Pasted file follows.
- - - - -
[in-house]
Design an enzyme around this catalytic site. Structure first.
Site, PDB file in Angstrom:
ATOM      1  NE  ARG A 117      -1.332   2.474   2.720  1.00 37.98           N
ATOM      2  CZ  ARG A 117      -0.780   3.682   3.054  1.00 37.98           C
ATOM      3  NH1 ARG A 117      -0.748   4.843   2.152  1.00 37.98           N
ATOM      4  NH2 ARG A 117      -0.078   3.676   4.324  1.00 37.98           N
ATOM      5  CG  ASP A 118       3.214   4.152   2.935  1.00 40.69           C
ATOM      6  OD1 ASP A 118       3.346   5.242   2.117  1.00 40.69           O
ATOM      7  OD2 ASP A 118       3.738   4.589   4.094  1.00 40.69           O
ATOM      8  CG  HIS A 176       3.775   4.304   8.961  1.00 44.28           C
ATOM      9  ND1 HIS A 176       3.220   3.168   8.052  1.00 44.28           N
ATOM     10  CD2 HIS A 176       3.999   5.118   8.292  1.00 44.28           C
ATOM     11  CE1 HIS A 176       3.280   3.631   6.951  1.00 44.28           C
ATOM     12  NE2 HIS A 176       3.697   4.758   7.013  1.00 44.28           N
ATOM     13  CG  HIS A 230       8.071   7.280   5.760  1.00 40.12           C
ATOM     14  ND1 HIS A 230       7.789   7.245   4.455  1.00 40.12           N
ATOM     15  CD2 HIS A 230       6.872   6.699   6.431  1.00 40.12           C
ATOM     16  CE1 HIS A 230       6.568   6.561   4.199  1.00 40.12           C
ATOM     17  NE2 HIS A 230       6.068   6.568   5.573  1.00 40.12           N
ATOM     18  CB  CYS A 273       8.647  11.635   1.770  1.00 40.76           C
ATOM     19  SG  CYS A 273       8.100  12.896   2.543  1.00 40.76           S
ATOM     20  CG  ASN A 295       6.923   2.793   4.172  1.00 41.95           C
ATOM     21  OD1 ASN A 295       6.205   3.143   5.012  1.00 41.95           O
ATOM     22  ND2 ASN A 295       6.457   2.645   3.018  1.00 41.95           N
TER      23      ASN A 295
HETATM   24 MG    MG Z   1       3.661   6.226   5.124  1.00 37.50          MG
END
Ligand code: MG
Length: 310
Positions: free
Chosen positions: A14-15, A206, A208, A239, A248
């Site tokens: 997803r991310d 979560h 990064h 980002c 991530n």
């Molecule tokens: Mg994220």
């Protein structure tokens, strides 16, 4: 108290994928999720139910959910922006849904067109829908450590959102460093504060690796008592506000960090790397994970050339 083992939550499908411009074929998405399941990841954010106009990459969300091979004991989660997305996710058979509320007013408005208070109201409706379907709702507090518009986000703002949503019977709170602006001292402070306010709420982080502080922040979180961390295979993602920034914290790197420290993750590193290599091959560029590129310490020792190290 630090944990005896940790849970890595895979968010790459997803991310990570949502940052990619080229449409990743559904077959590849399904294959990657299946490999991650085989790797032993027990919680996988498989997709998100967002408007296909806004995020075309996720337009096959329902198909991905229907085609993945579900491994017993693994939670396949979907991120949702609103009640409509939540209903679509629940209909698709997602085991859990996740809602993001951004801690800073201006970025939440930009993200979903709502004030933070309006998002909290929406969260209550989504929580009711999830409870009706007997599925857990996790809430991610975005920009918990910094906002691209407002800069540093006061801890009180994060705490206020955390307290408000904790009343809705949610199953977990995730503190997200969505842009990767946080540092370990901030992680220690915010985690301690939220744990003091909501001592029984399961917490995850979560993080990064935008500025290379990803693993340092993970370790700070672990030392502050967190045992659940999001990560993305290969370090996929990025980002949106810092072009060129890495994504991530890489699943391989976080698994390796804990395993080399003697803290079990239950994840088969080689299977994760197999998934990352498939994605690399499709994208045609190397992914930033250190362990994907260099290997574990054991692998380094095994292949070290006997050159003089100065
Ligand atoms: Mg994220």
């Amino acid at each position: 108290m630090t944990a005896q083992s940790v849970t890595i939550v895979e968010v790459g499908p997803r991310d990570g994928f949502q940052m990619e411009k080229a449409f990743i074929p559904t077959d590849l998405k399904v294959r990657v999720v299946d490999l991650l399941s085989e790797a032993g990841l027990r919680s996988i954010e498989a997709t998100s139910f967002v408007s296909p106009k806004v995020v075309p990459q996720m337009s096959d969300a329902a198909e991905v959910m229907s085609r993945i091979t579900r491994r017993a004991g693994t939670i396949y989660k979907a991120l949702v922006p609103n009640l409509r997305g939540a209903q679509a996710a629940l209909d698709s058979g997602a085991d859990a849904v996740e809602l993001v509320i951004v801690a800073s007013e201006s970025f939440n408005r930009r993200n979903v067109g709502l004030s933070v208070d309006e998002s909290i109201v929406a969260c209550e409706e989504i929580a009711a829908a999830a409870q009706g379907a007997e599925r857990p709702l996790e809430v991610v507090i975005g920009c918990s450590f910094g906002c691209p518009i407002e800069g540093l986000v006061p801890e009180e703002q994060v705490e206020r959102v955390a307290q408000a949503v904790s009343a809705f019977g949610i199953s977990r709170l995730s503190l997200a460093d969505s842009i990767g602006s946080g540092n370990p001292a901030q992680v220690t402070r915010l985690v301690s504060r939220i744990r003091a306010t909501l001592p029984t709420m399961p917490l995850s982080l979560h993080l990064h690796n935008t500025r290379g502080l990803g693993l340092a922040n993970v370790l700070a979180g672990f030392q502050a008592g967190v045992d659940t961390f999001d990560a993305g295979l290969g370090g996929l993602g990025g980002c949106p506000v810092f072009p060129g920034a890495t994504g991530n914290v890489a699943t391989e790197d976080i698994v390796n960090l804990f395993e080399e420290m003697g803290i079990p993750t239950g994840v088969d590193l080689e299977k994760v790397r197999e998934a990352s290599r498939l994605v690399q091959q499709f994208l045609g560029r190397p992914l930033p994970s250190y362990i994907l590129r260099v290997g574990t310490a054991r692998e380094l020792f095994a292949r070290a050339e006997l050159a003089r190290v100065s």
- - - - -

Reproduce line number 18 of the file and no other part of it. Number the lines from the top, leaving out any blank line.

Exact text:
ATOM     15  CD2 HIS A 230       6.872   6.699   6.431  1.00 40.12           C